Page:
Bio-Gene Technology Limited (ASX: BGT) has released results showing positive synergy for both Flavocide and Qcide when used in combination with other commercially important insecticides, providing substantial commercial value to the US$31.1 billion global insecticide industry.
“Synergy is arguably the holy grail in chemistry,” said Bio-Gene’s Executive Director of Research and Development, Peter May. “Synergy happens when the combined effect of active ingredients produces greater efficacy than when used alone.
“We have shown that very low levels of a Bio-Gene molecule combined with a low level of certain other commercially important product can achieve excellent synergy results. In simple terms, we made 1 plus 1 equal 3.”
The independent research shows reduced application rates, lower-cost control, increased ability to tackle resistance, and extending the use of existing products within and beyond their patent life.
“The results of this research have the potential to revolutionise the insecticide industry, providing a more effective and efficient way of controlling insect pests. The reduction in application rates and lower-cost control could also provide significant benefits for the environment.”
The results from earlier stages in the research program have already attracted interest from global companies with Bio-Gene signing a new Material Transfer Agreement to assess commercial synergy opportunities.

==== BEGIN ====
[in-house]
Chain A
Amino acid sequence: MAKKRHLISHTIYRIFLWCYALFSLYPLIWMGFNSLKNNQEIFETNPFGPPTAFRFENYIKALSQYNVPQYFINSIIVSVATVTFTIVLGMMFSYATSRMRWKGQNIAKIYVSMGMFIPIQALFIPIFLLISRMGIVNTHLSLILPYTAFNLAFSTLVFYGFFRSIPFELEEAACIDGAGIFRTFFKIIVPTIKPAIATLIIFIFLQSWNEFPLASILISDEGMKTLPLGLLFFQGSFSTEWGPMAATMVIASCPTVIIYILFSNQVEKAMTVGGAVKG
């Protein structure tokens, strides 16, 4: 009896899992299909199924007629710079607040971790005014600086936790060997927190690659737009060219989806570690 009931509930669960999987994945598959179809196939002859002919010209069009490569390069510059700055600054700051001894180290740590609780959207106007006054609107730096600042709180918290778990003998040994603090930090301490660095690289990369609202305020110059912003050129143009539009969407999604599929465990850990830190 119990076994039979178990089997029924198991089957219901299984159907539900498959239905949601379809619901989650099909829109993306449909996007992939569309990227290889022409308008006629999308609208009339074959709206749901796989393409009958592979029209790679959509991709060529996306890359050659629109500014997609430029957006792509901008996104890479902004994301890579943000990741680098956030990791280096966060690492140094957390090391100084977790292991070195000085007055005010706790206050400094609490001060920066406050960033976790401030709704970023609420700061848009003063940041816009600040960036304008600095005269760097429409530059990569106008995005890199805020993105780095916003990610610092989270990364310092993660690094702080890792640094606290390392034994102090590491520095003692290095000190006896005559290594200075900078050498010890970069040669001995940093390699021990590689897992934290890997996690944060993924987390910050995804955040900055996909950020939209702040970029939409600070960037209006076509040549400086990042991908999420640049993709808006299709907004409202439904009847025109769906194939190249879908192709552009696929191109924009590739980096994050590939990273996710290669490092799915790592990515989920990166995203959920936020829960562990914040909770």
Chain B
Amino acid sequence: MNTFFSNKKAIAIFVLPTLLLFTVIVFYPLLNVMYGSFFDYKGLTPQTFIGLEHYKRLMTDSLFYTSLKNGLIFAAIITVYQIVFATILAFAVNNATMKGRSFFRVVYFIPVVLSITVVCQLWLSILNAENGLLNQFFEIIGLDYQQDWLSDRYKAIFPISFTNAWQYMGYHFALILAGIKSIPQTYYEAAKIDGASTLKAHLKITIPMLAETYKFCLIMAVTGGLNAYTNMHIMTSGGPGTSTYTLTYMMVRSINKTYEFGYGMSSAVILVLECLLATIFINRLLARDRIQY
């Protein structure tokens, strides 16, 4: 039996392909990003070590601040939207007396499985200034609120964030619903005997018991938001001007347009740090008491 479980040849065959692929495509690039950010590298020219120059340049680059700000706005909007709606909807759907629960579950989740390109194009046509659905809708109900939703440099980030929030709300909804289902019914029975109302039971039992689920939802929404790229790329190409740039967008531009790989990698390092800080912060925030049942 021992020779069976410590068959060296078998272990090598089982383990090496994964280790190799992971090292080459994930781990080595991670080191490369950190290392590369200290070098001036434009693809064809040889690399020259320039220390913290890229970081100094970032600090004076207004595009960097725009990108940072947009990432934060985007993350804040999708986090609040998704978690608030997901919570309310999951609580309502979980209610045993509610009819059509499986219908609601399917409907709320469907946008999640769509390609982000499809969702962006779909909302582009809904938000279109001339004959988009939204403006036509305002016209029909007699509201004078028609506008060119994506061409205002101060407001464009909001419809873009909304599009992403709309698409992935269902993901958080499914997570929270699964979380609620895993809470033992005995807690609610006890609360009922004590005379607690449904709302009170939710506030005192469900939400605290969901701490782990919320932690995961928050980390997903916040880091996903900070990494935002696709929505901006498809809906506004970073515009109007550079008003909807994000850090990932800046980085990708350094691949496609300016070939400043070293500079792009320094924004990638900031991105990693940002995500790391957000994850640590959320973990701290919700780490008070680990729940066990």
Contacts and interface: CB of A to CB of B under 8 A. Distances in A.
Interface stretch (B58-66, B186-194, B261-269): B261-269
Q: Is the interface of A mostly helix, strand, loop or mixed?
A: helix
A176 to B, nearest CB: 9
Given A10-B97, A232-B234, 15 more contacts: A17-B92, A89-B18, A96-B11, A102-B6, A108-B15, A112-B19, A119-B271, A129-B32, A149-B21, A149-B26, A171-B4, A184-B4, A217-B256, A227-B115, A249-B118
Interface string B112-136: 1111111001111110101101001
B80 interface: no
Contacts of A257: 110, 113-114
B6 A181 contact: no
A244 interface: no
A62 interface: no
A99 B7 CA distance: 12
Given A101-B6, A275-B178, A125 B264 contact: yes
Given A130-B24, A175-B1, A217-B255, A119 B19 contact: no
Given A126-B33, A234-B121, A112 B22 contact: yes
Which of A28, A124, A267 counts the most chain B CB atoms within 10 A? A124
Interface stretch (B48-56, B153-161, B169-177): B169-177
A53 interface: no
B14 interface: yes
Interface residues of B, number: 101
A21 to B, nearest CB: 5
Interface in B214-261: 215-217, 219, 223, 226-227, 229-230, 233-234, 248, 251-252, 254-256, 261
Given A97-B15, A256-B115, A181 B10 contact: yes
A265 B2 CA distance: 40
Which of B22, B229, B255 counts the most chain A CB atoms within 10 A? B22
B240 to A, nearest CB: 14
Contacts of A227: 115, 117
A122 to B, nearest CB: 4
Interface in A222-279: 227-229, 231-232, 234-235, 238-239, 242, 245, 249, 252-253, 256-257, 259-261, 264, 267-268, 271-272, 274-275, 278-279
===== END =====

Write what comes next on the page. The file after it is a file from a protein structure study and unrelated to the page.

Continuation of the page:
Globally recognised research organizations, including Purdue University, the University of Florida, i2L Research, and cesar Australia, conducted tests that support patent applications for Bio-Gene products used in combination with other insecticides.
Bio-Gene CEO Richard Jagger says, “The exciting potential of these results will be of great value to our commercial partners. These positive synergy results provide significant additional commercial opportunities for Bio-Gene in the US$31.1 billion global market.”
“They create lasting value for Bio-Gene and our partners on several levels and improve the potential of insect control in public health applications, food production efficiency and addressing pest resistance to existing products, a major global concern.”